Tuesday, 15 March 2011

Fiona @ Crufts - spot the difference

For Fiona fans, detractors and the just plain curious, here's some video of Fiona at Crufts 2011 with Julie Evans (Tyrodal Dalmatians). It includes some close-up shots of her spots - showing that they are very well-defined, with no 'frosting'.


  1. Readers of this blog have expressed worries that mating LUA x LUA might result in frosty spotting (white hairs interspersed among the black or liver).

    This is genetically impossible if the LUAs used have clear spots. Clear spotting is the result of a single recessive gene. Unless a dog has ONLY the gene for clear spotting, there will be interspersed white hairs. Therefore, two LUAs with clear spotting (like any two Dals with clear spotting) must pass on the genes for it to their offspring because they do not carry the gene for frosted spotting.

    This is the same mode of inheritance that ensures that two Livers mated together only produce Liver pups.

    For further information, see www.dalmatianheritage.com/about/schaible_research.htm

  2. Great to see Fiona sort of in the flesh. Julie was quite right to bring her to Crufts so that people could see for themselves how Dally she is. (Rather too well behaved in my opinion, but then I am cursed with the thug end of the breed!)


    The Breed Mean Score (BMS) represents a global mean of the scores of all dogs of that breed that have been through the Hip Dysplasia

    Scheme up until 31st October 2010. The Breed Median Score has been calculated from data recorded on the Kennel Club’s electronic

    registration database, up until 31st October 2010. The 5-year mean is the mean of all hip scores recorded on the Kennel Club’s registration

    database between 1st November 2005 and 31st October 2010.

    Pointer Breed mean score 11. Median 9. 5 year Median 11.

    Dalmatian Breed mean score 11. Median 10. 5 year Median 11.

    Seems the pointer fairs a little better than the Dals!!!

    So what is the problem???

  4. Does anyone know which strain of pointer was used in the outcross?

    There are several performance lines of pointer in the US that nearly solid white and are very Dalmatian-like.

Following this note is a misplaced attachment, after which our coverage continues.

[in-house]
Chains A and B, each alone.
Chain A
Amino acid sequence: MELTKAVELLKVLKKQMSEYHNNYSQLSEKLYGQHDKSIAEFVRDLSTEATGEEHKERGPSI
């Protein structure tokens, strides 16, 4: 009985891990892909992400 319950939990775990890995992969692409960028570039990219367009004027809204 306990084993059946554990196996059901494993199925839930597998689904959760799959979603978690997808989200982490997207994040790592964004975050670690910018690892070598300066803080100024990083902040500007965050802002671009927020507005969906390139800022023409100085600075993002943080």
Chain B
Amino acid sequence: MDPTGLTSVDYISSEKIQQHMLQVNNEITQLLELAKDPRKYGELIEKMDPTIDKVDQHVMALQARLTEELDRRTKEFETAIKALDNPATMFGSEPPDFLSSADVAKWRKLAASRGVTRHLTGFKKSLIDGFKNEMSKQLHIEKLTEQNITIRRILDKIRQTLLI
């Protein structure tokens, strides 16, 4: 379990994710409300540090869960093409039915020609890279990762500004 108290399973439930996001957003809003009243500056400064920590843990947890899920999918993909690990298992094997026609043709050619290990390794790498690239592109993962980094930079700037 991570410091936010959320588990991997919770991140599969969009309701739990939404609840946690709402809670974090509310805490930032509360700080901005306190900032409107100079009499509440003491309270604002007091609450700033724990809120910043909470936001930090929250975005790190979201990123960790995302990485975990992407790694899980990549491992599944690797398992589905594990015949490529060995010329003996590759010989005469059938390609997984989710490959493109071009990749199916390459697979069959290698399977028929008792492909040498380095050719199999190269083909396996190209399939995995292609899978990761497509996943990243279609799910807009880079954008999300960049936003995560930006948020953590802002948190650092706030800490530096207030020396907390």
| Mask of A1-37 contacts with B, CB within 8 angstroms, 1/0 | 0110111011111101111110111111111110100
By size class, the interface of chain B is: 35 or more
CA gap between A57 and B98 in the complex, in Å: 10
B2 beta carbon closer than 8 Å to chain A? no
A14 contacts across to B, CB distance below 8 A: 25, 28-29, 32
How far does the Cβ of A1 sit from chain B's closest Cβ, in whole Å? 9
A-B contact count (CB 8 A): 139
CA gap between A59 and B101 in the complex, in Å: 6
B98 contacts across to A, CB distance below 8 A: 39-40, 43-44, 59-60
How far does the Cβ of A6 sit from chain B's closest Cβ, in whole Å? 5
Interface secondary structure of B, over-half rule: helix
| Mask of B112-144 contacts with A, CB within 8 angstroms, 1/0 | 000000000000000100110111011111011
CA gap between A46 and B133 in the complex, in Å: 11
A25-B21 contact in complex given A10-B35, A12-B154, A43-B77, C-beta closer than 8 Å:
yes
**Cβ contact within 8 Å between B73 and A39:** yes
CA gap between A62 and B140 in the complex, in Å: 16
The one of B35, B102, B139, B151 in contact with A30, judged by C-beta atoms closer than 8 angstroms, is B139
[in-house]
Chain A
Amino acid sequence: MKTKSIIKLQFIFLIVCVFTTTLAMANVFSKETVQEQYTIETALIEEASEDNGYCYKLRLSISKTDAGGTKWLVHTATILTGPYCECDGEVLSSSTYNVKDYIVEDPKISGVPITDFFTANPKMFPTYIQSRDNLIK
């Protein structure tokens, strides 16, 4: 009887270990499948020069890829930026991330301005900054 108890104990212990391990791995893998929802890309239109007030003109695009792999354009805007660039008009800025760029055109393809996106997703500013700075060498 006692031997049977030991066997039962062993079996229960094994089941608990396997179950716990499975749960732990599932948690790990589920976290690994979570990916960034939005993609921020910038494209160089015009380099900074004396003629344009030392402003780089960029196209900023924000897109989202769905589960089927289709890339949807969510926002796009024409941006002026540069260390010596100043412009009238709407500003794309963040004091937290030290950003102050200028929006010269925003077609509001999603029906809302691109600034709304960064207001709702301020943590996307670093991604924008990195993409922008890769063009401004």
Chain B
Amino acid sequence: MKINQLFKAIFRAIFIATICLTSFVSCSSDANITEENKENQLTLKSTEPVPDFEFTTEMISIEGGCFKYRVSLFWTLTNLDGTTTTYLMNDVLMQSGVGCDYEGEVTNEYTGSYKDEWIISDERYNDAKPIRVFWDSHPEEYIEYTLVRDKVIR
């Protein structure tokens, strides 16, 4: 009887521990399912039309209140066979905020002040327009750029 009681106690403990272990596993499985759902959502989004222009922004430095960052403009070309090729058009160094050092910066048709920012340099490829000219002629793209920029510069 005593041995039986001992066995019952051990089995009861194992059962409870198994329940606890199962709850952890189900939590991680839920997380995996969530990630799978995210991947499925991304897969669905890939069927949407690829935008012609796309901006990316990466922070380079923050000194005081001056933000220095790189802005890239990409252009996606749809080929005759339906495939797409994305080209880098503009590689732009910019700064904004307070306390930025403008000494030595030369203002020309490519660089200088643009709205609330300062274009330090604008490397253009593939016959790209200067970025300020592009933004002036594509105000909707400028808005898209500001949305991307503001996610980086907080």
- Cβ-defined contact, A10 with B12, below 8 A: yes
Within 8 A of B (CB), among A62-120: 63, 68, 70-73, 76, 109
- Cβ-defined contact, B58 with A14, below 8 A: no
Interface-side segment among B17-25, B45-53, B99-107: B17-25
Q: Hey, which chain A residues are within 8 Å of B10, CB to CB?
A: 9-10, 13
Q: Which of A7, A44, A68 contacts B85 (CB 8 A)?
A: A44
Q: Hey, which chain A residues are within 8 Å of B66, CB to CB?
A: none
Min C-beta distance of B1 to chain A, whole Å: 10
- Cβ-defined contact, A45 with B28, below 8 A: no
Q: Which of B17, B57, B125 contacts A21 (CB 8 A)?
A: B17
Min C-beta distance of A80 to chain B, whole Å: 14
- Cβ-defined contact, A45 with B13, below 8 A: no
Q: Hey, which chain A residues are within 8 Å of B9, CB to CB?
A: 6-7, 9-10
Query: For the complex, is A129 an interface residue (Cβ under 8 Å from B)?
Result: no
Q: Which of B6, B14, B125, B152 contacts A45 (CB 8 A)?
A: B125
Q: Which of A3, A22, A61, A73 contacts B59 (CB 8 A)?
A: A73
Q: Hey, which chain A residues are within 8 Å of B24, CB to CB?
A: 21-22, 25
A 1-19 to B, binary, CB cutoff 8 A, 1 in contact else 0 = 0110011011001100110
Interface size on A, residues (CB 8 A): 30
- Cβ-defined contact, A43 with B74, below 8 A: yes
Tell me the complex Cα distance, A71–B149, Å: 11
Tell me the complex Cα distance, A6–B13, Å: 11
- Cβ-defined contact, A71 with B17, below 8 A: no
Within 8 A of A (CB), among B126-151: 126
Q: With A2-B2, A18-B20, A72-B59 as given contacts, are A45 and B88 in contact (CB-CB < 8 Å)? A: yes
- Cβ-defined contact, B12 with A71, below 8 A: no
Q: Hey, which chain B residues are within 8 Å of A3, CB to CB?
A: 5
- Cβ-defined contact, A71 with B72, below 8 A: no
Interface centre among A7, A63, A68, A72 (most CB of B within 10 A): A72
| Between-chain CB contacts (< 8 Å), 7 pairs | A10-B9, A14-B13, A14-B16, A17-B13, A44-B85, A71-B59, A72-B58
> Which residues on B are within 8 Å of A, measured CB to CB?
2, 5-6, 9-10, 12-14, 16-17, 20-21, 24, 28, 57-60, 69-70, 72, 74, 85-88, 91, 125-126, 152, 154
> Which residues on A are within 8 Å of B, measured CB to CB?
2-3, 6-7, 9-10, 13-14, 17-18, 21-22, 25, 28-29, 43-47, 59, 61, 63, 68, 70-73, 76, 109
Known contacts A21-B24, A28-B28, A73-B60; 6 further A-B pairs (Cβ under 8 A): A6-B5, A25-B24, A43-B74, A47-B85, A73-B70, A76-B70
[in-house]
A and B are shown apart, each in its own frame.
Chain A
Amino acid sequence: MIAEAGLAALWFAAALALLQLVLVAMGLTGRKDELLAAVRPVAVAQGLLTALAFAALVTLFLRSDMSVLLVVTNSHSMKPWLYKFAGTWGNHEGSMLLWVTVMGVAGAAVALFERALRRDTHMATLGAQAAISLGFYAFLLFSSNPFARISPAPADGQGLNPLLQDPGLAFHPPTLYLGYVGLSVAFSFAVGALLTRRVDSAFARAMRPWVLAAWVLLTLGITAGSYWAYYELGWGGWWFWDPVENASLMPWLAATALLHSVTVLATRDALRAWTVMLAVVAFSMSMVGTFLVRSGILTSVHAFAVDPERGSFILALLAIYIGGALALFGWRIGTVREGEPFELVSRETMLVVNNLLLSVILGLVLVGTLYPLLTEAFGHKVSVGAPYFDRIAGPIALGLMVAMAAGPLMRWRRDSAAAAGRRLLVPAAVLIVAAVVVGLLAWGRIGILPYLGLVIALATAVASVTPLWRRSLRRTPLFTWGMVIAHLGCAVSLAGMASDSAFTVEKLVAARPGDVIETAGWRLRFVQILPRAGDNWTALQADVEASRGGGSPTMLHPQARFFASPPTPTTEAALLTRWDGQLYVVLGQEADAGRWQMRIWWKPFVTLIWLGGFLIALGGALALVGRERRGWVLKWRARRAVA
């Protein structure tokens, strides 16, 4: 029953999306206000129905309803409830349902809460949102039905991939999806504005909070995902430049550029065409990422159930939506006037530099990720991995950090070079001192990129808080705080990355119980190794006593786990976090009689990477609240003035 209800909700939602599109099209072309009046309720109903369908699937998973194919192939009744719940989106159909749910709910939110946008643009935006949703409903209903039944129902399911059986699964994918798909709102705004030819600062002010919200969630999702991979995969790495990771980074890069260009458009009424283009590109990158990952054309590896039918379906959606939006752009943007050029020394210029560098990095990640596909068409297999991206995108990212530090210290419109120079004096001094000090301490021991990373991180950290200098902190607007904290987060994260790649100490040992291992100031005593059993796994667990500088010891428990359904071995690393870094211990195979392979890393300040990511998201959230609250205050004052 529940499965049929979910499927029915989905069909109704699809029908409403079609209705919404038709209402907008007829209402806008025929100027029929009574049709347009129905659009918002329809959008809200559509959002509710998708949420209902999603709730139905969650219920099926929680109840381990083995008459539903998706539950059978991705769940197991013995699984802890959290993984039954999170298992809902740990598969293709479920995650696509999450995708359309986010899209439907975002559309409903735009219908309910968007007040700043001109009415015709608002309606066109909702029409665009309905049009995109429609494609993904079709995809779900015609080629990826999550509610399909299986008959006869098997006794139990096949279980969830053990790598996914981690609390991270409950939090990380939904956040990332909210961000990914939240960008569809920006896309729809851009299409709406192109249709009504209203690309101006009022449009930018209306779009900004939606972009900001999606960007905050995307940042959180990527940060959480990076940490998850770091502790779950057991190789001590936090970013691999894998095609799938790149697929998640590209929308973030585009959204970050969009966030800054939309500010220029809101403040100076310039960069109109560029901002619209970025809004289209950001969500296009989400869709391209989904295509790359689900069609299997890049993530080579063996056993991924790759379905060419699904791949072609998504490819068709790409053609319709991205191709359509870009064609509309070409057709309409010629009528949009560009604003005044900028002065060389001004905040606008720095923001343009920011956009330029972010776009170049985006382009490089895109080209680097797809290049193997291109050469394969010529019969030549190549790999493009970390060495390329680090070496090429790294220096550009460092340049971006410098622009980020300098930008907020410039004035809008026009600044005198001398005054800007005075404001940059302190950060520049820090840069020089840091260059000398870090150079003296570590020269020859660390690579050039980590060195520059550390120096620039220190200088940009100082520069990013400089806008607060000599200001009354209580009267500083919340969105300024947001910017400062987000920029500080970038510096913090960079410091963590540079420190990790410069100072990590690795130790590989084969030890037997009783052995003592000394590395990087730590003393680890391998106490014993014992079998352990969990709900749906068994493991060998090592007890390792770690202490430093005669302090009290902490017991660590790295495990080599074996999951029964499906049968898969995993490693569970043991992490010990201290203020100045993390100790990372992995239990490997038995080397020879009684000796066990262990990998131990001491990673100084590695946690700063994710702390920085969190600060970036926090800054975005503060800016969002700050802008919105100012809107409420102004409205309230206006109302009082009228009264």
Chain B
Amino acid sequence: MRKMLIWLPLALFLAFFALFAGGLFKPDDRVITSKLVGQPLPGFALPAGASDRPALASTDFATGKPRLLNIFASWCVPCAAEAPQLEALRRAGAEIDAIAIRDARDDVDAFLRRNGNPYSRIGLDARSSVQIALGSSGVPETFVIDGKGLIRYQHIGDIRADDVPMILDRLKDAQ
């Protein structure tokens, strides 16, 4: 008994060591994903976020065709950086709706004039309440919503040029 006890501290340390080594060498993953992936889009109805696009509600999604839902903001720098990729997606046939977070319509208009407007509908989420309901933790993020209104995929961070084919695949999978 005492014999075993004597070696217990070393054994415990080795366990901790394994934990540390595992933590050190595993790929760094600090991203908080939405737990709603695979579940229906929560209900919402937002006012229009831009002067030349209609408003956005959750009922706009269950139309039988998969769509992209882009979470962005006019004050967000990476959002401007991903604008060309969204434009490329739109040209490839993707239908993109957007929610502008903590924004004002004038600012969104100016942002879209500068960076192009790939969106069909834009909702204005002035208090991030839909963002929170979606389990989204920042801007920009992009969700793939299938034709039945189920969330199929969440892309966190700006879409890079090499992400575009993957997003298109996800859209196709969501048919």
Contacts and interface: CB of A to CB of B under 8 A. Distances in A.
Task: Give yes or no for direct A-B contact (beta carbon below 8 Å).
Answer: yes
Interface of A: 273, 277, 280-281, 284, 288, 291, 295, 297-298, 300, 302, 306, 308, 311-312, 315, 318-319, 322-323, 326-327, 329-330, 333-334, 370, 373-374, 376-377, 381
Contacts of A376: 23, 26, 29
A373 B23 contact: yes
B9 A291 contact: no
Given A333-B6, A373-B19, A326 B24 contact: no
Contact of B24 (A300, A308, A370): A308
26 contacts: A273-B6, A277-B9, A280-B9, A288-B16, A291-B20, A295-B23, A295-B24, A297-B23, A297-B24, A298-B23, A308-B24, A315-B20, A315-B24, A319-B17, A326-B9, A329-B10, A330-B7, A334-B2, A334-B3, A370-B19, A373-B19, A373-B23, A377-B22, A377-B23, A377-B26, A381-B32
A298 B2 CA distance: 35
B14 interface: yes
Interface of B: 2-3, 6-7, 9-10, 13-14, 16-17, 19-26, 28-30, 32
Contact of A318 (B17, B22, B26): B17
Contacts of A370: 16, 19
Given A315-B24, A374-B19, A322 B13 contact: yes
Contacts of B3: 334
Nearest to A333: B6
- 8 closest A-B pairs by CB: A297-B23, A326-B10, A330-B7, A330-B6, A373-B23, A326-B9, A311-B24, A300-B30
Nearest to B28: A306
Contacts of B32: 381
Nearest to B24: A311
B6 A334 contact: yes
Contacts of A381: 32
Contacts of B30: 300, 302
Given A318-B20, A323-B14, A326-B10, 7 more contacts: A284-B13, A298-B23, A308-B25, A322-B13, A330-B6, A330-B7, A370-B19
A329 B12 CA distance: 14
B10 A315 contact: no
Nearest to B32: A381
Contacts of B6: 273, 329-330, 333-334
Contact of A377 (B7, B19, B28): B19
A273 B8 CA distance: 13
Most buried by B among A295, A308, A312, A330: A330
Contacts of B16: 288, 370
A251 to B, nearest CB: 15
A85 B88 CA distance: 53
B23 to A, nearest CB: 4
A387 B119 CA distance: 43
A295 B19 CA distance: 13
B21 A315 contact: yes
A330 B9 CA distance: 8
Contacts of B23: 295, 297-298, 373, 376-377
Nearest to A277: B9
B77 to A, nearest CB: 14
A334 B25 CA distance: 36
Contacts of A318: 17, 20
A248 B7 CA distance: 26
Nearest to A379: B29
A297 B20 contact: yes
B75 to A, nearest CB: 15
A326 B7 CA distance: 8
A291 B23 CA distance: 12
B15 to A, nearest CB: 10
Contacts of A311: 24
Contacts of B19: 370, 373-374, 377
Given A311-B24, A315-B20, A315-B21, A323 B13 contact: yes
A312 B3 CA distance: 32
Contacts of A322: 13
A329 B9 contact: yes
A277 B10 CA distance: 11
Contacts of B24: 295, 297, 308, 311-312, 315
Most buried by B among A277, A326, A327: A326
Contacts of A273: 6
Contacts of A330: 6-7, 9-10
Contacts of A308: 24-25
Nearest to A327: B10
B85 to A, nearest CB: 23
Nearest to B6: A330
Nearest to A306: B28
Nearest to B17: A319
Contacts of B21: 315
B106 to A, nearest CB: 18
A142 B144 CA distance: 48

5. http://www.aftcaregion17.org/images/DrPatMcInteer/NemahaCitySlicker.jpg

    Performance-line pointer from the US.

    In the US, pointers and setters point with their tails up. I have no idea where that came from.

  6. Retrieverman, the history of the LUA dals including a photo of the pointer used, is available here: http://www.luadalmatians.com/History.html

  7. Fiona moves like a dream and is so structurally balanced. It is mind boggling that these dogs who are beautifully packaged AND healthy have met with so much prejudice and resistence.

  8. she looks nice.. and she is accepted and registered.. what more do you want? I assume she will be bred? Will there be buyers for the pups? Isn't that all that is important? Good homes for dogs?

  9. I disagree bestuvall....Good homes for dogs is important but it isn't all that is important. Putting healthy dogs in those homes is equally important. Hats off to Julie for making the effort to do that!

  10. Agreed Barb on both points. However have just been talking to the owners of a new Bichon puppy who say they went straight to the paper to buy it when their last Bichon died, aged 17. I doubt they'll get 17 years of pleasure from their new pup by the looks of it. There are 2 ways of looking at a pedigree. Is it the registered offspring of registered parents, or is it years of research, knowledge and breeding? And then there is the murky grey area of non-registered pure bred dogs. Take one of these sick puppies to the vet and it will go down as a pedigree dog with health problems. Try to get it insured and it will be costed as a pedigree dog. It's not. The pedigree is unknown. Any health problems that may be associated with particular dogs in the lineage are unknown. Unknown until they present themselves in an unhealthy litter. And then the whole breed is damned.

  11. What's interesting is the Dalmatian Club refuses to acknowledge Fiona because she has Pointer in her pedigree 13 generations ago. BUT in Australia and I think in the UK Bobtail Boxers can be shown in the show ring with Pembroke Welsh Corgi in their pedigree 8 generations ago and no one cares. Like, if out crossing affects cosmetic purposes that's a good thing but if improves health it's a bad thing. It makes NO sense.